24. Aside from the built-in PDF exports in both LPub and being rather shitty, the key point is how the PDF's "objects" are generated. More "editable" objects, more data. It is typically much more efficient to flatten your PDF, either by rasterizing your pages in tools like Acrobat or rendering image-based pages right away and assembling them in a PDF creation tool. Unfortunately even that isn't as simple as it sounds, as the effective file size is determined by the internal encoding of the PDF and what options you use for image embedding. If you have well-optimized PNGs for instance, you would need to set the PDF options in such a way that your images don't get converted to JPEG or even TIFF data inside the PDF. In contrast to @supertruper1988 I'd stay away from transparencies right away in such a case, as having the layout program generate a fill color for the background automatically means that it's re-flattened and the image data may change. As to your specific predicament - it's impossible to judge without understanding your model structure and in turn how the PDF data has been generated. Providing sample PDF pages or at least some screenshots might help to clarify and put this in perspective. Mylenium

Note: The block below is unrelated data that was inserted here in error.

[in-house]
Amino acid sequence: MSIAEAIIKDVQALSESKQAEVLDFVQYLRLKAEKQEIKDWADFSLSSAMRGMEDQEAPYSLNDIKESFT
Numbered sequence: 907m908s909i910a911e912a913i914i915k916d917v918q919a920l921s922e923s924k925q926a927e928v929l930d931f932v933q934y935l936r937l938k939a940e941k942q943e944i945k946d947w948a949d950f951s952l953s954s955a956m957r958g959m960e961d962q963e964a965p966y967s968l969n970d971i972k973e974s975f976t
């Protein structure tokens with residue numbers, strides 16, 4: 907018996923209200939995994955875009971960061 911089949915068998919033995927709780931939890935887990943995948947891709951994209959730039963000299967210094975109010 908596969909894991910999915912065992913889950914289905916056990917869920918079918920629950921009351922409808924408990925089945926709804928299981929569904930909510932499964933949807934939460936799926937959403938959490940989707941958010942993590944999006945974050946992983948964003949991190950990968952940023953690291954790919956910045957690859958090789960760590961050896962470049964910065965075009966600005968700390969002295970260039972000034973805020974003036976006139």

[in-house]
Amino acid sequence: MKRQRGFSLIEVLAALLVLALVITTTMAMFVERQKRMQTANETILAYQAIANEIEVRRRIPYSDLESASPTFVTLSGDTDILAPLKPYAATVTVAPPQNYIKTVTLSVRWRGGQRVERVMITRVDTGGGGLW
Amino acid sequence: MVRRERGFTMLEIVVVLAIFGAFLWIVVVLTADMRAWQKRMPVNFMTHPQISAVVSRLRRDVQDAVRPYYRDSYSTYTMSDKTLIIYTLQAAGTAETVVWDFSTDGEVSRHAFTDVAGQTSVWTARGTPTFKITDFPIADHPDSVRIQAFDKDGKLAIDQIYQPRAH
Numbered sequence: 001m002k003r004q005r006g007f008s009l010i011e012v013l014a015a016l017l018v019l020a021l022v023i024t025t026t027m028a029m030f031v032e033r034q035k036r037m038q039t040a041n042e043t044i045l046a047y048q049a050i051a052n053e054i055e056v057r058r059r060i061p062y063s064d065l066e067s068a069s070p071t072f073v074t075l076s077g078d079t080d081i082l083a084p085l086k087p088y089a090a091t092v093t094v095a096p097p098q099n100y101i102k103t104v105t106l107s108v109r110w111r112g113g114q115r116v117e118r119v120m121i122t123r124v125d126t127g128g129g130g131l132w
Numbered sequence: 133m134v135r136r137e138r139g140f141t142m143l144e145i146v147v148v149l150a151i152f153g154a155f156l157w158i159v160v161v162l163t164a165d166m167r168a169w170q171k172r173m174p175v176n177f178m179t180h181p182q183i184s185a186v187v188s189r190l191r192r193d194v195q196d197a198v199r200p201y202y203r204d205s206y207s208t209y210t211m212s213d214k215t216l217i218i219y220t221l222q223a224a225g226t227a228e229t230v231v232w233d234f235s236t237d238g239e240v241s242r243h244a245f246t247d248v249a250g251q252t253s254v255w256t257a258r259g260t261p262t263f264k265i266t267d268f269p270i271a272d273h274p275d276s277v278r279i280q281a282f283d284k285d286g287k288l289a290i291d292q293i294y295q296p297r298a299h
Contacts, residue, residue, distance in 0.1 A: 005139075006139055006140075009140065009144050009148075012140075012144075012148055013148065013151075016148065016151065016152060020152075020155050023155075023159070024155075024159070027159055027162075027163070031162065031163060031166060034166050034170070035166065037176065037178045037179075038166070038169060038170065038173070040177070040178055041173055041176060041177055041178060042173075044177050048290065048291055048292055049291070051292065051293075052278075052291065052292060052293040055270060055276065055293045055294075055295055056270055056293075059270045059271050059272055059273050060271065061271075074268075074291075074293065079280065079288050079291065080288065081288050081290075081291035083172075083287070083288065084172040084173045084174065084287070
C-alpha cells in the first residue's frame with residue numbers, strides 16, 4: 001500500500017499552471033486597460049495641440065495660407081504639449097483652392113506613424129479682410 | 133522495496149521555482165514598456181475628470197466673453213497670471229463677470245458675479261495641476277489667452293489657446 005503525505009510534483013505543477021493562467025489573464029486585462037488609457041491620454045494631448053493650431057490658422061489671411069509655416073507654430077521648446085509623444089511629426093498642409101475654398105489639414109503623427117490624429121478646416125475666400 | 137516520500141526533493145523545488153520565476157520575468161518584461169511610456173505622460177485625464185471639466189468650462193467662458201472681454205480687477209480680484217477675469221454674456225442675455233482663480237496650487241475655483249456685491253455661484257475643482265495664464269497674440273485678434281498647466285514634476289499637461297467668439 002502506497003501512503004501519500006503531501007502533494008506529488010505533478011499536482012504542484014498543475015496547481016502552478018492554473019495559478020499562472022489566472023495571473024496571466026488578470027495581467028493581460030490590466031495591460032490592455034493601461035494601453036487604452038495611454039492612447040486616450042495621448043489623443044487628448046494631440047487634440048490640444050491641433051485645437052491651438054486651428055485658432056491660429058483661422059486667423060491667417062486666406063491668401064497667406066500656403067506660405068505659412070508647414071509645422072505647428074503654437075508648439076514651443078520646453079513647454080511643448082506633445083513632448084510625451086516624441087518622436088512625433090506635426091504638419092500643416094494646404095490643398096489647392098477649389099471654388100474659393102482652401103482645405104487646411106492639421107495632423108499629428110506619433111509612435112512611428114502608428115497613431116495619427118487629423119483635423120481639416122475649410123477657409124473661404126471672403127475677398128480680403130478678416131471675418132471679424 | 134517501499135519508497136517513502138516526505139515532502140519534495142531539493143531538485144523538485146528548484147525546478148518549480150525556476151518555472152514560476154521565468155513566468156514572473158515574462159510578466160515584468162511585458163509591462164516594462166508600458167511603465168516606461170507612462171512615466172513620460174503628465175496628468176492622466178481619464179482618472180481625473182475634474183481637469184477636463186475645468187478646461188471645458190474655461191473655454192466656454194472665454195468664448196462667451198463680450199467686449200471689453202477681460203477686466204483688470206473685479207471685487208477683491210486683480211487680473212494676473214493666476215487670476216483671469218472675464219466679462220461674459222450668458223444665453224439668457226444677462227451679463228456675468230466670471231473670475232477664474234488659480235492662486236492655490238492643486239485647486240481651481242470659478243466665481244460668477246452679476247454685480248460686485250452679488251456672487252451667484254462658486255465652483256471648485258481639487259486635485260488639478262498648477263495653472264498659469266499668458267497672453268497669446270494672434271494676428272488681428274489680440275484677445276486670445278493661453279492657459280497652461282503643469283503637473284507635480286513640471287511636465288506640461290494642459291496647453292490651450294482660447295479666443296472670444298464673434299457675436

25. Mylenium

    Quantity over quality?

    You know, there are consumer laws and that, even if on a general level it will always remain an open question what actually counts as a "working" product. Point in case: Inside our own AFOL bubble we can of course fix such things easily because we know where to look, how to do it and have the spare parts, but imagine some uninitiated person building this, shredding it on the first day and wanting a refund from his generic store where he bought it.... And given how LEGO keep beating about the bush about their high standards, things just don't mesh here. So no, consumers can't be Beta testers, especially on a material product with limited options to fix things after the fact. LEGO need to get their act together and avoid such debacles at all cost regardless whether they are construction issues or just fluctuating shades of colors... Mylenium